A Deutsche Lufthansa AG (LHA) strike is a symptom of economic rebalancing that eventually will help the euro area recover from its financial crisis, European Union Economic and Monetary Affairs Commissioner Olli Rehn said.
The Cologne-based airline suspended almost its entire timetable for a full day as a strike over pay crippled operations at Europe’s second-largest airline and upset travel plans for 150,000 people. Lufthansa shares rose 1.4 percent to 14.11 euros in Frankfurt.
Europe is cutting debt and taking steps to make its economies more competitive, particularly in southern countries such as Spain that have sought assistance, Rehn said at a conference in New York. At the same time, healthier northern European nations are losing some of their longtime edge and may have to give up ground, he said.
“The strikes of Lufthansa are in fact a symptom of this rebalancing,” Rehn said. He said Germany is facing pressure to increase wages at the same time its southern neighbors become more competitive.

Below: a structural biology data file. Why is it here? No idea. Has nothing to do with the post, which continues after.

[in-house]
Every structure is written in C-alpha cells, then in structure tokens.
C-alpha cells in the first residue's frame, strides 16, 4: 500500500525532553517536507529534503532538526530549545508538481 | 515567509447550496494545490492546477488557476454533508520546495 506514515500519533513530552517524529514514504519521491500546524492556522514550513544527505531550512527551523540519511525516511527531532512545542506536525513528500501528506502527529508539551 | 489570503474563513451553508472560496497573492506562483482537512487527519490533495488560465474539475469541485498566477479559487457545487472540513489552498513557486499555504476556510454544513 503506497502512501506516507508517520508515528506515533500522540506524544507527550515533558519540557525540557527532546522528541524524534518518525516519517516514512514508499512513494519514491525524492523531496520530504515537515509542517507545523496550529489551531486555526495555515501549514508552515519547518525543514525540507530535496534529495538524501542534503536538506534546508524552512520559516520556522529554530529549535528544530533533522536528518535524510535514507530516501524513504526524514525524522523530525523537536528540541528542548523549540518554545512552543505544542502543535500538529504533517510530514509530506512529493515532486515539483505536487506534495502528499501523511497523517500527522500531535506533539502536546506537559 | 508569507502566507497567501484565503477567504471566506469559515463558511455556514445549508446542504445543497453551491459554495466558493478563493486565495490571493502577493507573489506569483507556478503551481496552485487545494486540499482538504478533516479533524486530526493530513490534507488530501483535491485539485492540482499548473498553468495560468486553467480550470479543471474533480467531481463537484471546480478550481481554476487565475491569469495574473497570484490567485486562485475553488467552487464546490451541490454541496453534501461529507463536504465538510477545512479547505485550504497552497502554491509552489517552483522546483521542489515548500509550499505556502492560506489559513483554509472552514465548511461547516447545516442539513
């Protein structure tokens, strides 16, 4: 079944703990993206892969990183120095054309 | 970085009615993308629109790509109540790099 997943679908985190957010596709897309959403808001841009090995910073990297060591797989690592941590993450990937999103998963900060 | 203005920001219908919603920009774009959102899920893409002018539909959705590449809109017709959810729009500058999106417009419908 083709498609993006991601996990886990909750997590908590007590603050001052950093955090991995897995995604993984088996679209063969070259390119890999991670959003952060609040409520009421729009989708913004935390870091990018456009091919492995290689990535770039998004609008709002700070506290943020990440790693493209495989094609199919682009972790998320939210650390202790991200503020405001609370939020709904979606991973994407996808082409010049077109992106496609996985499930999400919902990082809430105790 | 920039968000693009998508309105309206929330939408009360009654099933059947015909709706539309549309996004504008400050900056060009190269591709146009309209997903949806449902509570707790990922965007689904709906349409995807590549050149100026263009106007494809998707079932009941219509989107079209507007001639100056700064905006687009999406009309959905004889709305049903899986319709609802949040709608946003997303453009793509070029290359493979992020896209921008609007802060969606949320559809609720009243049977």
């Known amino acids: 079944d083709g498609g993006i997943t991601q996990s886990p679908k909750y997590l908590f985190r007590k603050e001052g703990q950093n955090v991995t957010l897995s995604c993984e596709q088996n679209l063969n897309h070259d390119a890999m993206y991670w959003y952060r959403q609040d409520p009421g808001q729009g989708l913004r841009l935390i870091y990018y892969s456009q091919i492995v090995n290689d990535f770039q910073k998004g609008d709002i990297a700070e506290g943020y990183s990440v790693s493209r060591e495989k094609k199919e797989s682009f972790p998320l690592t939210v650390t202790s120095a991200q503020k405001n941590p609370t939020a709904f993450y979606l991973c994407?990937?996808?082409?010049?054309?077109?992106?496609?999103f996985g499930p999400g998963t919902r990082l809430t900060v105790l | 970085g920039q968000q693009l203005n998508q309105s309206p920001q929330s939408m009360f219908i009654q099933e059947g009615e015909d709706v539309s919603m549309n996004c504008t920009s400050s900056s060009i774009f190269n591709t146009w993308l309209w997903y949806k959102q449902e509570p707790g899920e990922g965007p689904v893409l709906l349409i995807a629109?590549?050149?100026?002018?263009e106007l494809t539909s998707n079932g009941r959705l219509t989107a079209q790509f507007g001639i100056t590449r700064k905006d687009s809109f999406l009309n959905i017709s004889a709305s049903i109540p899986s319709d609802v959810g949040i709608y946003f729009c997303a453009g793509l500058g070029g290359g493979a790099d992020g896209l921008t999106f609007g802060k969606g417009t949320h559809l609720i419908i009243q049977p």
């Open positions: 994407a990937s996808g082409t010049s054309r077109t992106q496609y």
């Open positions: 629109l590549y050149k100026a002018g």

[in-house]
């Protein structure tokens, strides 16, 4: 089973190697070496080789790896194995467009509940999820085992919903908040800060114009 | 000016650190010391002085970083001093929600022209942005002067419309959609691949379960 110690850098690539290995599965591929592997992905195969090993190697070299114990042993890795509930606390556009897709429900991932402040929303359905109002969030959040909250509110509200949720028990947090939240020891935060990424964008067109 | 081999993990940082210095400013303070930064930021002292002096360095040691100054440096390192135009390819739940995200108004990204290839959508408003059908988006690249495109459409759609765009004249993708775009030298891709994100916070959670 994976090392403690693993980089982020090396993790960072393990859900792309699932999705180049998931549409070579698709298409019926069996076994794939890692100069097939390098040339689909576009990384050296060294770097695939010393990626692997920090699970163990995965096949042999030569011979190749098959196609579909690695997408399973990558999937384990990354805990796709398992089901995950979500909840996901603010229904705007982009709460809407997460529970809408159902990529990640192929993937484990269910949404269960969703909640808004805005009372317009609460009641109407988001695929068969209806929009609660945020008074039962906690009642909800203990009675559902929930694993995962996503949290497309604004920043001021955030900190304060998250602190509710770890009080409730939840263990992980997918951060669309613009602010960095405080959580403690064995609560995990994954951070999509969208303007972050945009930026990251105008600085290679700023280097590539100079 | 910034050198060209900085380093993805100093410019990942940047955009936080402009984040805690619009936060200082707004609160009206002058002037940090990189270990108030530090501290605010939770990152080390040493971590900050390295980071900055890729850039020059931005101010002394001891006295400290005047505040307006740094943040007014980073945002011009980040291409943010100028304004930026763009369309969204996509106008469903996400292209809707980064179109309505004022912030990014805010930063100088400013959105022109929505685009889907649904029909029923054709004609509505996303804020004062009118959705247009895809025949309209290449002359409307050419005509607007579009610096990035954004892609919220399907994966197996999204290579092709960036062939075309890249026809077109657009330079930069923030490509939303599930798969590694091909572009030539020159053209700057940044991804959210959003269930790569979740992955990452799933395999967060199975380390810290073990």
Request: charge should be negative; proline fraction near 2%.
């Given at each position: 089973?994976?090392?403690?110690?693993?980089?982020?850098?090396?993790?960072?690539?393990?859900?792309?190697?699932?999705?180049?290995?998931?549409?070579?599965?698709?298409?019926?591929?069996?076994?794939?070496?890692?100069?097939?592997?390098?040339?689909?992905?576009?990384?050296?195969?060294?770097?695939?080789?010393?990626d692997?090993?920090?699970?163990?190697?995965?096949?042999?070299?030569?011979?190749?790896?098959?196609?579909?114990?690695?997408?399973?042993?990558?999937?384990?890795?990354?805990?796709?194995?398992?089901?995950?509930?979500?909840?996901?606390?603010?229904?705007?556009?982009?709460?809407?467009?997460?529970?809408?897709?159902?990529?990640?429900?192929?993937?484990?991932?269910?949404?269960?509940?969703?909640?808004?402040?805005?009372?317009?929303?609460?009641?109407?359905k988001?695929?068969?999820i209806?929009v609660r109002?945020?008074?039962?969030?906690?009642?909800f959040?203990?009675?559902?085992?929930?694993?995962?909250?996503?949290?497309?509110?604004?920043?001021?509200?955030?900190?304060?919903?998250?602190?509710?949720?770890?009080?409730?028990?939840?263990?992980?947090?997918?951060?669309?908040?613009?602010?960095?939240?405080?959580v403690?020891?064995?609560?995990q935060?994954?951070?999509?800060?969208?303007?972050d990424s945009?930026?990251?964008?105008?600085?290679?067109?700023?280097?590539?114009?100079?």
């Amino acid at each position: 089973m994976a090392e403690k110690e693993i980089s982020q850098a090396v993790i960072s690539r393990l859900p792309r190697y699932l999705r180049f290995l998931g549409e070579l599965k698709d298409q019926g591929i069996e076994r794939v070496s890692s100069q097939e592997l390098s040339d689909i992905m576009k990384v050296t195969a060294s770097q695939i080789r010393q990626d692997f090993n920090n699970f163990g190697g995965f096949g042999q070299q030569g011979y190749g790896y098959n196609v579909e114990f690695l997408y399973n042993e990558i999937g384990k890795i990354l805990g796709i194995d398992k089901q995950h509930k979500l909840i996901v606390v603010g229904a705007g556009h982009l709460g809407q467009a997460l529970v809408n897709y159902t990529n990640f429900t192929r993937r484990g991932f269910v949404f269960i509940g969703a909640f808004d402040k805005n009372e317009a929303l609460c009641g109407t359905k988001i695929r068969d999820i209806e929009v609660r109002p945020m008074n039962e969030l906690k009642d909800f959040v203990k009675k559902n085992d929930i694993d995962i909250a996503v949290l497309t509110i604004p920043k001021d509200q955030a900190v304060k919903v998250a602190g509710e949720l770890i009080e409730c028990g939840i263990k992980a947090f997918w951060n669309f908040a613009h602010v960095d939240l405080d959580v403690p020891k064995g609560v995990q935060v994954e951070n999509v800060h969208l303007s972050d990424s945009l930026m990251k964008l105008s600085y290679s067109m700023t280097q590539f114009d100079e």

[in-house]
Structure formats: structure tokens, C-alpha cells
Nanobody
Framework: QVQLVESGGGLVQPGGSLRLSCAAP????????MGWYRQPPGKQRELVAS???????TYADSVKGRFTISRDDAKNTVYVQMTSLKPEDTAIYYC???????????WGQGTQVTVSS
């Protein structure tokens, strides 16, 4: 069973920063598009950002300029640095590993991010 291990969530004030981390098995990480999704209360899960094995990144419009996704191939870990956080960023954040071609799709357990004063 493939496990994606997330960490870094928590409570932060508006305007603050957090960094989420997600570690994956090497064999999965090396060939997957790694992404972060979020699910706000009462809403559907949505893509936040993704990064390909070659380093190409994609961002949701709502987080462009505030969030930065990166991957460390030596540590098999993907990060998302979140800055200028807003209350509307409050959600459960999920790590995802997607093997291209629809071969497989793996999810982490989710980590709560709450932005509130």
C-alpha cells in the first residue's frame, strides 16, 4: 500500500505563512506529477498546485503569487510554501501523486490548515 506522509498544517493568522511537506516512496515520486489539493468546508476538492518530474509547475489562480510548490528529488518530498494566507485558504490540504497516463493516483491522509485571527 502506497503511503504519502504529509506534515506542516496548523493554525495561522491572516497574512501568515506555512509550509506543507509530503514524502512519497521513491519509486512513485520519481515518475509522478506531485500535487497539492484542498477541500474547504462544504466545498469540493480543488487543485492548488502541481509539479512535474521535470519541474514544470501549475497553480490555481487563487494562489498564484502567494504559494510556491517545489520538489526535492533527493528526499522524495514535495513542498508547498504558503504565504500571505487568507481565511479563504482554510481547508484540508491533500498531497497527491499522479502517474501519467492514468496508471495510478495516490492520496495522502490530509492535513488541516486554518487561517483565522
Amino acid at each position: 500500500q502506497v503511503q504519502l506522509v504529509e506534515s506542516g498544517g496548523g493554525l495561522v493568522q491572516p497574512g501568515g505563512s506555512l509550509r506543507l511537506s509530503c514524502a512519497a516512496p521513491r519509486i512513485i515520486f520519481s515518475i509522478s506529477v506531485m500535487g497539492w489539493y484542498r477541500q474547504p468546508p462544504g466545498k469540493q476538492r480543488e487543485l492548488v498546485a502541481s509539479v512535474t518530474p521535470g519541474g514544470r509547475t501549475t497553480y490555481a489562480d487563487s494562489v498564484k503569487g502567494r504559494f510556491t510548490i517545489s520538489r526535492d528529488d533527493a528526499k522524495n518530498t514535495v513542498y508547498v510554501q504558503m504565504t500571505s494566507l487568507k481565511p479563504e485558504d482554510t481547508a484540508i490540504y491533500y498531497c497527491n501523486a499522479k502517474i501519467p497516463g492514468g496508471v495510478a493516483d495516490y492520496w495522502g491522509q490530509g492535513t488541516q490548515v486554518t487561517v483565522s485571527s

Companies across Europe have been struggling to rein in costs as the euro zone confronts projections that its economy will shrink for a second straight year.
At last weekend’s spring meetings of the World Bank and International Monetary Fund, the U.S. led calls for the U.K. and the euro-area to rethink whether axing budgets and cutting debt is the right remedy for recession.
Speaking today at the Federal Reserve Bank of New York, Rehn said the euro area is undergoing a “necessary” economic rebalancing and “must stay the reform course.” He acknowledged that the EU can’t rely on monetary policy as it seeks to restore growth and said debt-cutting strategies have been flexible in response to the prolonged downturn.
“We have received plenty of advice, also in recent days, on the pace of fiscal consolidation in Europe,” Rehn said. “Well, I will let you into a secret: The pace of consolidation in Europe has already been slowing down since last year.”
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